Immersed in Movies: Cinematographer Sean Bobbitt Talks ’12 Years a Slave’

Immersed in Movies: Cinematographer Sean Bobbitt Talks '12 Years a Slave'

There’s a good reason why Steve McQueen’s “12 Years a Slave” is the early consensus Oscar frontrunner for best picture: Solomon Northup’s harrowing story is both real and relatable in these precarious times. And for cinematographer Sean Bobbitt, who also shot McQueen’s “Hunger” and Shame,” this represents the culmination of a visual simplicity built around the award-contending performances of Chiwetel Ejiofor, Michael Fassbender, and Lupita Nyong’o.

“You don’t want to exploit the tale,” explains the native Texan who resides in the UK. “You’re creating a complete world that is believable of that period. But as you approach each scene, it becomes absolutely clear how it should be covered. You’re trying to give them the freedom within that space to find that performance.”

Informed by a shared aesthetic with McQueen as well as prior experience as a news cameraman who covered Lebanon, Bobbitt worked like mad to find something that would ring true and resonate with the viewer so we’re immersed in the story and thinking about nothing else.

“Yes, it is specifically about slavery but it is universal and relevant,” Bobbitt adds. “And you’re presented with a character, Solomon Northup, who has such strength and dignity and humanity. It’s a movie about love and fear at its most extreme. I was born in America and grew up oversees, but I never considered what slavery really meant. As I read the script, it was a revelation. It wasn’t an ideology: it was an economic structure and from that everything else followed.”
But the one scene in John Ridley’s script that visually stimulated the cinematographer’s imagination was the hanging because it was so emotive and embodied the essence of slavery. “Northrup’s hanging for the better part of the day is inconceivable. And yet nobody can touch him because he belongs to another man. And to see everyone else moving around behind him is such a powerful statement.”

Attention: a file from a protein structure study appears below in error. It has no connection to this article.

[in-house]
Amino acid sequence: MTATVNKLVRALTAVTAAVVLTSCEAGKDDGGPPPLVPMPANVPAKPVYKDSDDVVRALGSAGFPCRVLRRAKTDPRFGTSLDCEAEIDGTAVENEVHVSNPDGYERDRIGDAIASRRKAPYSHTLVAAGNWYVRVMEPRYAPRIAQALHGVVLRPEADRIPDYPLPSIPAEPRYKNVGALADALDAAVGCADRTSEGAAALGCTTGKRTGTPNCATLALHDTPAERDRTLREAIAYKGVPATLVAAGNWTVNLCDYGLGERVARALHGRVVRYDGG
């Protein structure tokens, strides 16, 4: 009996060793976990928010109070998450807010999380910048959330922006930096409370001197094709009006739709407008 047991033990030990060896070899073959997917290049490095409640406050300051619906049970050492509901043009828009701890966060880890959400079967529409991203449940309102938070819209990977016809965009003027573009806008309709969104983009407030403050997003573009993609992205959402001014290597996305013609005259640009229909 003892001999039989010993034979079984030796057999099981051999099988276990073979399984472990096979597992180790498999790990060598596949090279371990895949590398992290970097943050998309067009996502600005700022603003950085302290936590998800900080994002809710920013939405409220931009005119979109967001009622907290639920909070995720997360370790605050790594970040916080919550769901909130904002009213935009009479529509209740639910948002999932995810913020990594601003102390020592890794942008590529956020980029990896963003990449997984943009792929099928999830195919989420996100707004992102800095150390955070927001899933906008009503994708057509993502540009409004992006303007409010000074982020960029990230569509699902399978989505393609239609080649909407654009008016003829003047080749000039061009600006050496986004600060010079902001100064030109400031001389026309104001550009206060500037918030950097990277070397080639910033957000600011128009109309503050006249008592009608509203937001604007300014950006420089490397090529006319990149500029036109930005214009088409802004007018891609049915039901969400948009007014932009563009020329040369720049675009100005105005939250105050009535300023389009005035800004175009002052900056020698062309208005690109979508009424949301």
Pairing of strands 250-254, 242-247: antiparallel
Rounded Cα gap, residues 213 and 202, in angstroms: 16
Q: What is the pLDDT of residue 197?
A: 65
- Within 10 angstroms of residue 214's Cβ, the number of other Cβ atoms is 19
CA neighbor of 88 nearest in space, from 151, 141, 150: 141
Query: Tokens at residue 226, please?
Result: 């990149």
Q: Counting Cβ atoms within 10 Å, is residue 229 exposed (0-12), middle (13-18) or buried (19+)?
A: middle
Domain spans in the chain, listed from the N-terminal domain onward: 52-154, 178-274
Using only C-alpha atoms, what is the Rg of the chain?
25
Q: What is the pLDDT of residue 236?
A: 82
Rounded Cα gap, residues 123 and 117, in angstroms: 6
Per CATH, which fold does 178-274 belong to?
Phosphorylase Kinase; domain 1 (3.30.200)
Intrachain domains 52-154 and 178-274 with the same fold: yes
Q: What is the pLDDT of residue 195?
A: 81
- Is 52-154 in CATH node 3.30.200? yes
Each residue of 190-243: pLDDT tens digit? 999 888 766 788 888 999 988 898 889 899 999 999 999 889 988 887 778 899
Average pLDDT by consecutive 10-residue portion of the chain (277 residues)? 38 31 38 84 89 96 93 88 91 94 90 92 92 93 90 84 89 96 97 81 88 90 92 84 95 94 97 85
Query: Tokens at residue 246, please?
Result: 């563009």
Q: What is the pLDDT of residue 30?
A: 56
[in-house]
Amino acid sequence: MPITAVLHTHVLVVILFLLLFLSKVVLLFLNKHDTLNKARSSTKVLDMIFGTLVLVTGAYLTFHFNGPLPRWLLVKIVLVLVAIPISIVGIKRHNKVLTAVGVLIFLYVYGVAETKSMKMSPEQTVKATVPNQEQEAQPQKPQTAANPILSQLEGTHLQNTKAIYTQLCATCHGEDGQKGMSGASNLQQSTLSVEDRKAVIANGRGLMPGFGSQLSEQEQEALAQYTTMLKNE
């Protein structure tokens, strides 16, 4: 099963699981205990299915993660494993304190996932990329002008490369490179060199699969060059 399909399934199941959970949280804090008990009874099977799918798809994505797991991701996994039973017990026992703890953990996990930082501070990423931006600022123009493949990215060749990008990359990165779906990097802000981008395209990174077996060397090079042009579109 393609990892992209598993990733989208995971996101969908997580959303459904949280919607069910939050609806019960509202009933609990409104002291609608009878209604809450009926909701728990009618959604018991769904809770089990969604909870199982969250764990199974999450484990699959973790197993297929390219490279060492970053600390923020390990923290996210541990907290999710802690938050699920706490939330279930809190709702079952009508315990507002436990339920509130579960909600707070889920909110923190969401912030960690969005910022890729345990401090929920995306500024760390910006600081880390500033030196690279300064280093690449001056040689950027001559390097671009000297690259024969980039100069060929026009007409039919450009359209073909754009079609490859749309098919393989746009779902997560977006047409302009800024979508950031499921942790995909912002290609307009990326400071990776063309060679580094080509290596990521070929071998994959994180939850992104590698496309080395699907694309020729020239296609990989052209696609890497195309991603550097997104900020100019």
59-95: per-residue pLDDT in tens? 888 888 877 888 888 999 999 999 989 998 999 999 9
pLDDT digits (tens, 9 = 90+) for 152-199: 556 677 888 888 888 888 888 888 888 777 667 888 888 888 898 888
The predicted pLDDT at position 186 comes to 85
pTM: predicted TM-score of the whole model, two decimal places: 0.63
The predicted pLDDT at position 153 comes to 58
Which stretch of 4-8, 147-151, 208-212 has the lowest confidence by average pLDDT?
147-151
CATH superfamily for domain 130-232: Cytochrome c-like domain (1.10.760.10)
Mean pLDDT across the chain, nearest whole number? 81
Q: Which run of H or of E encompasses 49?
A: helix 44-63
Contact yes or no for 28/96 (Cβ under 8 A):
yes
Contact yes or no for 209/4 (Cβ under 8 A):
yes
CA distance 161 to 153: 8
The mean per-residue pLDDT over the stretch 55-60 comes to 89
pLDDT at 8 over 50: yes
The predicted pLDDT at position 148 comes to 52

The key to the hanging was finding the right composition. Again, it was a matter of classical simplicity. “Because your first thought is that no one can stand hanging for the whole day. The idea was to make it believable but also for the audience to viscerally become a party to that physical torture. But at the same time to be oddly beautiful so that it resonated and it wasn’t an image that you could just throw away.”
This beauty makes a striking counterpoint to the brutality. At no point did the filmmakers want this to seem like a documentary or be miserable-looking. “By making it beautiful, it makes it palatable for the audience. If we had made it ugly and gritty and desaturated, I don’t think the audience would stay with it. There would be no hope and the look comes from the story. These plantations have an inherent natural beauty and to defy that would be a lie.”
And the only way to achieve such authentic beauty, according to Bobbitt, was with film, not digital. He used the ArriCam LT with Cook S4 lenses. “Because of the epic nature, there was no question that it was to be on film. Film gives you so many things for free. It’s a shame that film is disappearing. We have been so privileged to have the choice and now the choice is being taken away. Choice is what everyone wants. It’s what governments and democracies and economic theories are built on.”
The other crucial scene, of course, is the whipping of Patsey (Nyong’o) by Northup, done in one continuous take to grip us more viscerally, which has become a signature of McQueen’s ever since his acclaimed 16-minute discussion in “Hunger.” 
“It’s the culmination of the horror against humanity,” Bobbitt recounts. “He’s forced to become complicit yet rise above it after Patsey has begged him to take her life. You know there is a love between them that’s not physical. Steve has explored the holding of the single frame in his artwork and his two previous films. There’s this realization that when you are presenting extreme violence, if you do not cut away or put an edit of any sort in, then the audience is not given an escape. So many films today induce emotion through editing and it doesn’t need to be that way.”
But Bobbitt’s favorite moment is a close-up of Northup at the two-thirds point with the trees out of focus behind him. The cinematographer was utterly transfixed while shooting it. “The interesting thing is that you’re projecting all of your emotions into his. And you’re wondering what he’s thinking: It’s loss, fear, compassion for others, an element of hope. And his face isn’t moving until it turns and looks into the camera, and suddenly it’s like a knife to your heart. All of those emotions just come through. It’s remarkable because your compassion and love for him is sealed at that moment and he shows such dignity. It’s such a powerful, simple, little moment.”
It’s about the primacy of performance, courtesy of Ejiofor, which helps us better comprehend the inhumanity of slavery up close. But the way the cinematographer captures it is primal. It’s just one reminder why the very hot Bobbitt (“The Place Behind the Pines,” Neil Jordan’s “Byzantium,” and Spike Lee’s “Oldboy” remake) is very much in the Oscar running.

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